GM Tries to Save Opel With This Move
In the wake of employee buyouts, labor disputes, and a continuing struggle to find profitability, General Motors (NYSE:GM) has had a tough time selling its European Opel/Vauxhall brand to investors. However, a new restructuring plan will bring the successful Opel operations in Russia under the company’s European wing, according to a company statement. It could be the move that saves Opel in Europe for the time being.
The statement by General Motors highlights how the move will strengthen Opel’s position in Russia. Instead of recording sales as part of its Shanghai-based unit, GM in Russia will now be part of GM’s Europe-based unit, allowing the strong Chevy sales in Russia to boost the perennially lagging division of Europe. Karl-Thomas Neumann, head of GM Europe, said Opel is out to increase market share in Russia. Auto analysts see the move impacting GM Europe most of all.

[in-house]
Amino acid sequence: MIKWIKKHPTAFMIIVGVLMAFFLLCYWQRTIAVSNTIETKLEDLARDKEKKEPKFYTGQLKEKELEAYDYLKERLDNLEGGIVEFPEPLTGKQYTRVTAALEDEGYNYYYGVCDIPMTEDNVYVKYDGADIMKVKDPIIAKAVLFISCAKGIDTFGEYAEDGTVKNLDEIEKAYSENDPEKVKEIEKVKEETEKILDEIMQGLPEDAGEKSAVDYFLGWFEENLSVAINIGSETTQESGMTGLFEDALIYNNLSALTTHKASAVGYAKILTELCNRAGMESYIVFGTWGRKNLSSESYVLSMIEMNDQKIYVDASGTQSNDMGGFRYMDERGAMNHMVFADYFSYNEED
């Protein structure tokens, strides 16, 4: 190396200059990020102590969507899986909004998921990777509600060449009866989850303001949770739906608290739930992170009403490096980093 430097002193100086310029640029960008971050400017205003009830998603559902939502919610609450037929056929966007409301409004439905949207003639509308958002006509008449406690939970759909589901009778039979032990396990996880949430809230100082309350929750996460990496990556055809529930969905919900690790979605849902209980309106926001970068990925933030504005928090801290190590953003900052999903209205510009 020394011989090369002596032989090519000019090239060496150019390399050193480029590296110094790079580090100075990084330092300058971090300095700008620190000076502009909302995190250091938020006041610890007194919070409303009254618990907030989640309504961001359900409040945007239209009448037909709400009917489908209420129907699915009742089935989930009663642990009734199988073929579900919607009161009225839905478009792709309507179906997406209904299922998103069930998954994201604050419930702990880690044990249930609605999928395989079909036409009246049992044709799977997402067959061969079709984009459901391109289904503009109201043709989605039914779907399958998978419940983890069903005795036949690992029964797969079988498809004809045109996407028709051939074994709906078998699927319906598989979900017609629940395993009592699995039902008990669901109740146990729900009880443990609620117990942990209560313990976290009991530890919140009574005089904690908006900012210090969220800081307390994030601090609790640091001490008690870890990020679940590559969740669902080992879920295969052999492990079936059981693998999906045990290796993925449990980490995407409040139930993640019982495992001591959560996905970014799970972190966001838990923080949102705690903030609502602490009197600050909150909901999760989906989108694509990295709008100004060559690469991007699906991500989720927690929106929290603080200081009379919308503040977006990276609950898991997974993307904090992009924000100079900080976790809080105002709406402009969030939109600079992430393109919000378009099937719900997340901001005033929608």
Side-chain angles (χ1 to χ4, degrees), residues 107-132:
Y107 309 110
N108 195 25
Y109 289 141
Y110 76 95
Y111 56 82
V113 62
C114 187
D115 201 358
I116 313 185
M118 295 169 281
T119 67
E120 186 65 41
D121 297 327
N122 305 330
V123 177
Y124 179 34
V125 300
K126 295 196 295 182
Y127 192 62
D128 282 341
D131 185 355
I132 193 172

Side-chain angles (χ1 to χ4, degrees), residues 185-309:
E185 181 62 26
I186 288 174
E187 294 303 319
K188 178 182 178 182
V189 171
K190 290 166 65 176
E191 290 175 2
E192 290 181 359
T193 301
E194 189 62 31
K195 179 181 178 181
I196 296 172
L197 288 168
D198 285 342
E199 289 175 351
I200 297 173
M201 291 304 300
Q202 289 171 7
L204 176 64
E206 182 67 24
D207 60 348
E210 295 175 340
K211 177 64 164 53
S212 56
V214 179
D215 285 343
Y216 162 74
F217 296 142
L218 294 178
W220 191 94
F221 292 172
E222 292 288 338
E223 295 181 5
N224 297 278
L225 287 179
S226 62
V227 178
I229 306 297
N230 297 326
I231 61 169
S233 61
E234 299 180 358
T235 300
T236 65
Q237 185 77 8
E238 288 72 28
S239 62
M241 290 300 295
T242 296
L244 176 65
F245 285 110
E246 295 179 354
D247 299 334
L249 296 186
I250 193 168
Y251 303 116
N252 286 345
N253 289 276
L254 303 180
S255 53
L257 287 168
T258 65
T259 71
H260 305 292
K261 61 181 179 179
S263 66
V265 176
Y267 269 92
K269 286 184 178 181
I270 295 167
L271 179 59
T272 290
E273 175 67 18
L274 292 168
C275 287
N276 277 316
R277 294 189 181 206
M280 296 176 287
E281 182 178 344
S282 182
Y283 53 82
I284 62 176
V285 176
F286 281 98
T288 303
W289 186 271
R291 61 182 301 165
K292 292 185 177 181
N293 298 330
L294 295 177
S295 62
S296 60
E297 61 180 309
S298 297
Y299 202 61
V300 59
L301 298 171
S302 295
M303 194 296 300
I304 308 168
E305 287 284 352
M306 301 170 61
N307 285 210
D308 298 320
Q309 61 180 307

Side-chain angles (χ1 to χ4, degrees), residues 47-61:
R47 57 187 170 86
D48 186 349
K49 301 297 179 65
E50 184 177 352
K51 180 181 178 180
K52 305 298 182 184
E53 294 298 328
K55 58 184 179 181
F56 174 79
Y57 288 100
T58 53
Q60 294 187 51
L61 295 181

“This will allow GM Europe to emerge more quickly from the red,” a CAR research institute analyst told Reuters, adding that the shift in accounting will allow Neumann and other European executives to boost morale among the depressed workforce in Germany and other places throughout the euro zone. In early October, GM started buying out contracts of employees at the doomed Bochum transmission plant.
According to Bloomberg, the unsuccessful labor negotiations continue to hurt GM Europe’s operations, thus forcing the automaker to accelerate the closing at Bochum. In recent years, there have been few positive indicators for workers at any of GM Europe’s plants, giving the head of the region a tough time getting the most out of employees. One CAR analyst told Reuters that the restructuring should be read as a win for Karl-Thomas Neumann.
Neumann has seen the structures within General Motors leaving Opel with a limited share of the success, which has doomed the brand, while Chevrolet and Cadillac continue to show strength. Now that Opel Russia and the entire GM operation will report to the European division, the commitment to Opel is clear. GM needs more of this good news for investors to keep the automaker’s profile growing in Europe.